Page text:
Yet even as we cheer what looks like good news — and, yes, even as we continue to ensure that the NHS is prepped for a possible rise in Omicron-related hospital visits — we have to talk about why the first response from the expert class was to assault us with hellish visions of overrun hospitals and thousands of daily deaths. A democratic society like ours ought to have a reckoning with the alarming disparity between what we were told about Omicron and what seems to be the truth about Omicron, and ask ourselves how this could happen.
Consider that worst-case scenario of 6,000 deaths a day. The Sage folk will say it was just a projection. But these people weren’t born yesterday. They knew, surely, that this horrific number would be latched onto by sections of the media. That it would evoke fear in much of the population. And they must have known that it was the most severe projection to make — one that has a very low chance of ever coming to fruition.
Think of it like this. The peak in average daily Covid deaths in India — a nation of 1.3 billion — was 4,000. That was in May, when not that many Indians were vaxxed. Were we really meant to believe that Britain, with its mere 68 million souls, better vaxxed and with better healthcare than India, would suffer more daily deaths than India ever did?
One argument I’ve heard many times is that it is better to overreact to a pesky virus like Covid-19 than to underreact. But is that true? Our response to Covid has consequences, too. Lockdowns, as the World Health Organisation now admits, have terrible consequences for the economy and for mental health.
And fear has consequences, too. Inducing dread and alarm among the populace, encouraging people to think the near future will be bleak, damages the social fabric. It causes national dejection, a culture of atomisation. Everyone asks if Boris Johnson will take responsibility for Omicron, given he has refused, so far, to enforce harsh measures. But who will take responsibility for the social sickness caused by the incessant banging of the drum of fear? Sage? Whitty? The media?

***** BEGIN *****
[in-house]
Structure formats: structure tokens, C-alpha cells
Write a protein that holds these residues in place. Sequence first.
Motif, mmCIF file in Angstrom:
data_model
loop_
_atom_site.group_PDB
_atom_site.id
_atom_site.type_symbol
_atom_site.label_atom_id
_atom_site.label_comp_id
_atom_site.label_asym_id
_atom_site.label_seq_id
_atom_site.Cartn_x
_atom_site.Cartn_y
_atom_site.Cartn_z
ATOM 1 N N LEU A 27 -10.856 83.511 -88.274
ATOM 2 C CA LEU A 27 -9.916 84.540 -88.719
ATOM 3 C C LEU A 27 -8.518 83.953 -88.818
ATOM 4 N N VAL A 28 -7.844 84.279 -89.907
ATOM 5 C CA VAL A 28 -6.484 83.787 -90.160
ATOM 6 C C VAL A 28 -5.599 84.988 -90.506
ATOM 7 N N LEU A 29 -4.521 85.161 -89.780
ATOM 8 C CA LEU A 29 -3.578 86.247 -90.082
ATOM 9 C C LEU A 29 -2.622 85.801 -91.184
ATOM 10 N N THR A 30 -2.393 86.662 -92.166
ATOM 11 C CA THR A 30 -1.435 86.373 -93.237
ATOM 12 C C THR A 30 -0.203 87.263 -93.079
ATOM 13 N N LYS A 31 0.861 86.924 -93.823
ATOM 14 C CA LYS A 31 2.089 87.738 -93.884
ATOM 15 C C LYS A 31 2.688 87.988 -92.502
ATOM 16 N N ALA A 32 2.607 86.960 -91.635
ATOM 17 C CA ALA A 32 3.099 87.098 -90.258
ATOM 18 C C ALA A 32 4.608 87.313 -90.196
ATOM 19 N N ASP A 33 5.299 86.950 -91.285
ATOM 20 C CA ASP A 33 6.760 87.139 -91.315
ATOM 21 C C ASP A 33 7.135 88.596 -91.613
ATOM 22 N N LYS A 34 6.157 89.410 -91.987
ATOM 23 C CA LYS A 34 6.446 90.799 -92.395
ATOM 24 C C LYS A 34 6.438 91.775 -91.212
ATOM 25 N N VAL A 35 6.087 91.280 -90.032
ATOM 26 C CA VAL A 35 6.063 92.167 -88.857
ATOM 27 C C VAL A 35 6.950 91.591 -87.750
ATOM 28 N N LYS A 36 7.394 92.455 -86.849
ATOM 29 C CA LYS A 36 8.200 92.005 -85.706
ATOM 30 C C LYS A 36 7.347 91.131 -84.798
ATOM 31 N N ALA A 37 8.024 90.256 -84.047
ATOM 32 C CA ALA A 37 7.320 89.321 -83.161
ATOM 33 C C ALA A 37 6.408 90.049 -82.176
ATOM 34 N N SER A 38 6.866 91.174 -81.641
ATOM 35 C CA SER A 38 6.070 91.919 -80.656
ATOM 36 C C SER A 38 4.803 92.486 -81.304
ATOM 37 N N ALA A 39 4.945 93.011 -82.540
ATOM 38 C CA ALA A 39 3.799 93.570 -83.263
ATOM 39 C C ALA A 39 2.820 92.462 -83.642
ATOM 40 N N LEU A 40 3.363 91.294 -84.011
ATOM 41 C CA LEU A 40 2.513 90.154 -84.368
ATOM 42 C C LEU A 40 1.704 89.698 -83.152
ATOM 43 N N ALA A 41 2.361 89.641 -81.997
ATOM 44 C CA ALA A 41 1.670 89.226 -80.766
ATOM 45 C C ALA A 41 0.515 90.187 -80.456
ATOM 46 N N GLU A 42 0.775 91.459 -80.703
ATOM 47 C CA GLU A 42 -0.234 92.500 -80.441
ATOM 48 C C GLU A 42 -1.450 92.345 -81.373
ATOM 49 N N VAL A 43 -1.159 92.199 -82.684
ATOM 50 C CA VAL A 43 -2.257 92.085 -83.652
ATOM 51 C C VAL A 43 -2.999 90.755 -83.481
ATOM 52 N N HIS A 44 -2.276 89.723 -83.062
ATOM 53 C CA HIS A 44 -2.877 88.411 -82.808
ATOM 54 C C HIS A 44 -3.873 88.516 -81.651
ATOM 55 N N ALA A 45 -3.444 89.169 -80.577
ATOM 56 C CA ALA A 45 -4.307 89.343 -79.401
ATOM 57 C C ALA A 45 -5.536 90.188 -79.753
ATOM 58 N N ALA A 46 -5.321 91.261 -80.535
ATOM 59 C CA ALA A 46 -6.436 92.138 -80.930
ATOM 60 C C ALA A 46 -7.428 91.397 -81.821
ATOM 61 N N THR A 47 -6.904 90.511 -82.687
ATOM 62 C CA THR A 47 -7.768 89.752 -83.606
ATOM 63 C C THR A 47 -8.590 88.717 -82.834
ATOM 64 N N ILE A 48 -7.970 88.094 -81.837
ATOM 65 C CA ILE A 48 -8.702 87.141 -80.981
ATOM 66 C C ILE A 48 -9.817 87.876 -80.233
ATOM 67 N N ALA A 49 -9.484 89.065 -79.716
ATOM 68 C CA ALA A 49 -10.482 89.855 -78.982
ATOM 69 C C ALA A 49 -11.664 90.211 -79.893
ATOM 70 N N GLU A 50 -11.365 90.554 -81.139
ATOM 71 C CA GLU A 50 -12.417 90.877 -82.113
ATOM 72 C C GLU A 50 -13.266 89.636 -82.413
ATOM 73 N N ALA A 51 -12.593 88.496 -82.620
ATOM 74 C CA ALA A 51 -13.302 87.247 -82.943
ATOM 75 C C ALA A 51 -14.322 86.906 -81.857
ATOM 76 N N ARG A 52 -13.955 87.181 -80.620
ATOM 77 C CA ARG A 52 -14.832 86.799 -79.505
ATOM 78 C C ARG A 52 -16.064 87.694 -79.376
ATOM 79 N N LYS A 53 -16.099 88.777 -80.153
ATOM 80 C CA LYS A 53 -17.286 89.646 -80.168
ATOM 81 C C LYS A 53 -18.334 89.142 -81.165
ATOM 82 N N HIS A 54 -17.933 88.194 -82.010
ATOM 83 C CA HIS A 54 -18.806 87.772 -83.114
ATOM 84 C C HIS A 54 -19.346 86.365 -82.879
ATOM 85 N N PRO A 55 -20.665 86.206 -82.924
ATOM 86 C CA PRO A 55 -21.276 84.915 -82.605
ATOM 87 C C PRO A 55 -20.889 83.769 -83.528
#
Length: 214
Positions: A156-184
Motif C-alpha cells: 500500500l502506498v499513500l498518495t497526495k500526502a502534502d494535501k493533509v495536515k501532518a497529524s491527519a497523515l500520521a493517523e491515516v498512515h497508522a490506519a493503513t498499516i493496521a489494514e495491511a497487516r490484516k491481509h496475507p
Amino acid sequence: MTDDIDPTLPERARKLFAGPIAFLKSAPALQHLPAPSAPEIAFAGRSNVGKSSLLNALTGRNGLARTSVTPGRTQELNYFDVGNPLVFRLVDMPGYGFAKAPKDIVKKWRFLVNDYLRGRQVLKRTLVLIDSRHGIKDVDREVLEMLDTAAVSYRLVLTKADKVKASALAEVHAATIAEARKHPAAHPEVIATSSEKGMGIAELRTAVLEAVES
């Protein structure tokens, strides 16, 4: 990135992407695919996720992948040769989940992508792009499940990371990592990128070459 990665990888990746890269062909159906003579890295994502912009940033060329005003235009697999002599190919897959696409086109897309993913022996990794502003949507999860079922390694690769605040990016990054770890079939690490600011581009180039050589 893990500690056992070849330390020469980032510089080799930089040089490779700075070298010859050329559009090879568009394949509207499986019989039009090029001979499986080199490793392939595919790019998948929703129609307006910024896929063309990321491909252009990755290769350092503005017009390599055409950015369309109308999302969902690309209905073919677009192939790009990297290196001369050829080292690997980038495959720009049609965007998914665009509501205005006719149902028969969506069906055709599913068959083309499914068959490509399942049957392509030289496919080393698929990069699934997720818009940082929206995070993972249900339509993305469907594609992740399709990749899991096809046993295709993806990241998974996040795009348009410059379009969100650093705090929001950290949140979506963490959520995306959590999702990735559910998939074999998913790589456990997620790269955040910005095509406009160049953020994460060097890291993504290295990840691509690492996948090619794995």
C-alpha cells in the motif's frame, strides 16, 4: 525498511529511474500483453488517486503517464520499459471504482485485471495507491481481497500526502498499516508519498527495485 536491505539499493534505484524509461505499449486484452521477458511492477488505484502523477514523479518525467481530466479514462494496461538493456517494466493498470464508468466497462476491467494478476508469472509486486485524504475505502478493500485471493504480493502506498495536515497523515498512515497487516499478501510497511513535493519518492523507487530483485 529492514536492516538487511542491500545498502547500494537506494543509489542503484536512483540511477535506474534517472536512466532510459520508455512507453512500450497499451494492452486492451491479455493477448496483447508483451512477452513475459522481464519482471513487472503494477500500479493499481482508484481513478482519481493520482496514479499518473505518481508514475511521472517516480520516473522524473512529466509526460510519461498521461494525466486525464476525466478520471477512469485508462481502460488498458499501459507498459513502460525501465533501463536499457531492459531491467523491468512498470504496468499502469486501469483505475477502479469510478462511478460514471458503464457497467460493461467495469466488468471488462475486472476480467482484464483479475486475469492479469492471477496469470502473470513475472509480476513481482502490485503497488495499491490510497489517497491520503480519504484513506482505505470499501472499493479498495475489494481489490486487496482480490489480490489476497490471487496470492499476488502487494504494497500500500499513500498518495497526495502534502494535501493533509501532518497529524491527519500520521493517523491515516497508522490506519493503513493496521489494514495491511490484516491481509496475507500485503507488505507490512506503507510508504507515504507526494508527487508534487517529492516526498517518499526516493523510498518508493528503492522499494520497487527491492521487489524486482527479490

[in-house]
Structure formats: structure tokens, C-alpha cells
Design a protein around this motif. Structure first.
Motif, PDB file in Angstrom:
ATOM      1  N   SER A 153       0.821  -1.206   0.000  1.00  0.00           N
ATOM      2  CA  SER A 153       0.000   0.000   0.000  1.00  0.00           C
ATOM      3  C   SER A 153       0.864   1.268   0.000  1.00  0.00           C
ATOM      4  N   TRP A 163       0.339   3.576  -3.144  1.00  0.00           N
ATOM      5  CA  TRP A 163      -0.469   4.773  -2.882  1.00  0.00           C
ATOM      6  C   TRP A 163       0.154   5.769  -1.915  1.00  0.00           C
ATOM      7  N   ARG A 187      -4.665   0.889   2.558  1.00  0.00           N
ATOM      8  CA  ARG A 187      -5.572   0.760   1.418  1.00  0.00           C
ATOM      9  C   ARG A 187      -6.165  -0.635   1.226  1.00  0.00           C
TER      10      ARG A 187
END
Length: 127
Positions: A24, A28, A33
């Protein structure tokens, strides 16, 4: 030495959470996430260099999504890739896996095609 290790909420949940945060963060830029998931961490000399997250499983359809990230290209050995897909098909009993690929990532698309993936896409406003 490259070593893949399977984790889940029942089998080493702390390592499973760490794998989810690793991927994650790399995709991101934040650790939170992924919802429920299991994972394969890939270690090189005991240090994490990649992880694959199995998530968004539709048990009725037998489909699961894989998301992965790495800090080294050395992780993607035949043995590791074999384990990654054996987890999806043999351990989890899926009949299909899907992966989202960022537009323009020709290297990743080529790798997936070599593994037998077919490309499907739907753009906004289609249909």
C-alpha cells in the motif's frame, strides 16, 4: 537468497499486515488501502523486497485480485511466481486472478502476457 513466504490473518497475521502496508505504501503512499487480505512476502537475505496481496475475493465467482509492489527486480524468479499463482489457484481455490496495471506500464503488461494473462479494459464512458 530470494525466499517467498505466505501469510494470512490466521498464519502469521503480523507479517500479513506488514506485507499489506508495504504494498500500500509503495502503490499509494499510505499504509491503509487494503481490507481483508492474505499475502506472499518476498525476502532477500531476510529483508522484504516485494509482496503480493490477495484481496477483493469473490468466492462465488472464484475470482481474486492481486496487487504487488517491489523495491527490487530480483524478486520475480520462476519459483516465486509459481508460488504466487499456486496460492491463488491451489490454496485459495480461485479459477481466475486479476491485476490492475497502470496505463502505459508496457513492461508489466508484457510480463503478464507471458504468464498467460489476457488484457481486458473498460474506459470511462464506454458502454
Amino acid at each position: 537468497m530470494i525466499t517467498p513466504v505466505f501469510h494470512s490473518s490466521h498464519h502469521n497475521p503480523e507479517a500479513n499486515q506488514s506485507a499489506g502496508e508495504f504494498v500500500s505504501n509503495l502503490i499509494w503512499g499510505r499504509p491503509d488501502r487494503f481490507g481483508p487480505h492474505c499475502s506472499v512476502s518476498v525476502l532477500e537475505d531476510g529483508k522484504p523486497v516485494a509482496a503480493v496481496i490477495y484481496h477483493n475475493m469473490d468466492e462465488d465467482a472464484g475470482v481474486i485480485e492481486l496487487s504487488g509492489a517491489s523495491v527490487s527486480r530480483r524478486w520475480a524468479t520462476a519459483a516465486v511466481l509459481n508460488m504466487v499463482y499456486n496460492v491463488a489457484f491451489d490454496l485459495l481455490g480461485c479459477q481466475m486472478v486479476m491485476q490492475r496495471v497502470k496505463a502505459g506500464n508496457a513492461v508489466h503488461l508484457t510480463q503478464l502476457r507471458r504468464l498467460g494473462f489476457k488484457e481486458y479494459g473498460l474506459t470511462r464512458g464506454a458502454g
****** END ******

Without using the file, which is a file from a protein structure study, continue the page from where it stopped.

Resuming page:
Then there’s the cynicism about vaccination these people risk provoking. The idea that a highly vaxxed country like ours could be battered by Covid in an even worse way now than we were in the pre-vaccination era sends the message that vaccines are pointless. I’ve lost count of the number of friends and family members — all highly reasonable supporters of the vaccine programme — who have messaged me to say: ‘So what was the point of all those shots?’ If we value the wonderful successes of our vaccination drive (and we really ought to) then we really must dial down this nonsense about life never improving in the Covid era.
Omicron could prove to be a turning point, not only for this blasted, mutating virus, but also for the politics of public health. People, I hope, will start to question the fear-led agenda. They will want to know why dire prophecies continue to be made even after previous ones fell apart. They will start to feel agitated by the ceaseless efforts from on high to manage our behaviour by telling us there will be apocalyptic consequences if we disobey. We’re adults. We’re citizens. Start treating us like that.